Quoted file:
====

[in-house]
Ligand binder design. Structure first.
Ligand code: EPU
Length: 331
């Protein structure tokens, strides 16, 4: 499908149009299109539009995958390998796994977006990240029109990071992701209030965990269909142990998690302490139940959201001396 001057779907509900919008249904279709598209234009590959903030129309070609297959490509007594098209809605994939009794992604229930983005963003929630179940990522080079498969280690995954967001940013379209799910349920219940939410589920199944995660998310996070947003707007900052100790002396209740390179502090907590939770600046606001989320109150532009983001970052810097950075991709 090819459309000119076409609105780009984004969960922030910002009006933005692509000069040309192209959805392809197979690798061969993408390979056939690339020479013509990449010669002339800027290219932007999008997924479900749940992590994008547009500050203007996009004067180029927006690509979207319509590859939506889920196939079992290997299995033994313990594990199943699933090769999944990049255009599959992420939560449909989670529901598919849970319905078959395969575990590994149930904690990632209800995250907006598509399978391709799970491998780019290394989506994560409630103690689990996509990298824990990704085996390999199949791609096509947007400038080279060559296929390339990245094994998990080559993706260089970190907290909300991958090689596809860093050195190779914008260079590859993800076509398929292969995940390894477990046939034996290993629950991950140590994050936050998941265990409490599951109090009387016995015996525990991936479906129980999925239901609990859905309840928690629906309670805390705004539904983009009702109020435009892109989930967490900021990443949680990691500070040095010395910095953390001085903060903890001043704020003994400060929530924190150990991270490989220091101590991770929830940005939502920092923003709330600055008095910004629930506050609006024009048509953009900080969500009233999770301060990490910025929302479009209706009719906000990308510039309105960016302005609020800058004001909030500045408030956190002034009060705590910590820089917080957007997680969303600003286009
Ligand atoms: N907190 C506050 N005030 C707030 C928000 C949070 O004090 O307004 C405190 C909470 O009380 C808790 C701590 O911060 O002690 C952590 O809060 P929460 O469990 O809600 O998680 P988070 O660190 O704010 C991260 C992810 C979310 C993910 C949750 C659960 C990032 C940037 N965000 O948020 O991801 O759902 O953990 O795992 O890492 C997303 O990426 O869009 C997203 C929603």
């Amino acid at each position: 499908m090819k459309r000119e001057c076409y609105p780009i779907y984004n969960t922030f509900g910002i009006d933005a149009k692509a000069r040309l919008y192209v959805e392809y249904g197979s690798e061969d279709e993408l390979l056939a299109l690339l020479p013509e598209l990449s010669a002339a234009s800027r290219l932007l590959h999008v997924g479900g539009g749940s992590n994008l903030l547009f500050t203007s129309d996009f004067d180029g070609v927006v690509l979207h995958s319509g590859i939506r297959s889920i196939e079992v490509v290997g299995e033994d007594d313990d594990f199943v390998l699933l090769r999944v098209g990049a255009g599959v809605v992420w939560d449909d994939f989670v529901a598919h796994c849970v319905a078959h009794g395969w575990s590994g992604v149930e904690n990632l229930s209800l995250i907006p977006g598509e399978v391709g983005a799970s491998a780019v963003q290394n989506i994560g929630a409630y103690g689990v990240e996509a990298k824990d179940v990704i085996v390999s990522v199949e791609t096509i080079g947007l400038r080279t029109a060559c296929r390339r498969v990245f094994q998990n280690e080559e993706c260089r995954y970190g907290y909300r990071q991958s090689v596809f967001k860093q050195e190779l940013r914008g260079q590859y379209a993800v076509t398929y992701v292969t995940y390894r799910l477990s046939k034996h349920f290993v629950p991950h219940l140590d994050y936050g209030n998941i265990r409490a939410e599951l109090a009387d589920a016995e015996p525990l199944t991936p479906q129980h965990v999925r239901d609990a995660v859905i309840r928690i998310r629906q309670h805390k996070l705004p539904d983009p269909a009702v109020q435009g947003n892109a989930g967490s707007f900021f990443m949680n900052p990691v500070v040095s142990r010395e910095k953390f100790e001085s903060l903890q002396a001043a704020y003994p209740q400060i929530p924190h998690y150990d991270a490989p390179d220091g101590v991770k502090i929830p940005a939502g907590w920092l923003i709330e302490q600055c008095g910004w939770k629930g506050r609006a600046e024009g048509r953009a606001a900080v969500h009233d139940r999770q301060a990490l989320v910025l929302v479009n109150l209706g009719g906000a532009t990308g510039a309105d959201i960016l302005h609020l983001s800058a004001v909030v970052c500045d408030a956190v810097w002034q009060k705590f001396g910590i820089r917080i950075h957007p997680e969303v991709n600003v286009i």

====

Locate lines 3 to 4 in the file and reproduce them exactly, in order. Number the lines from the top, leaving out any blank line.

Ligand code: EPU
Length: 331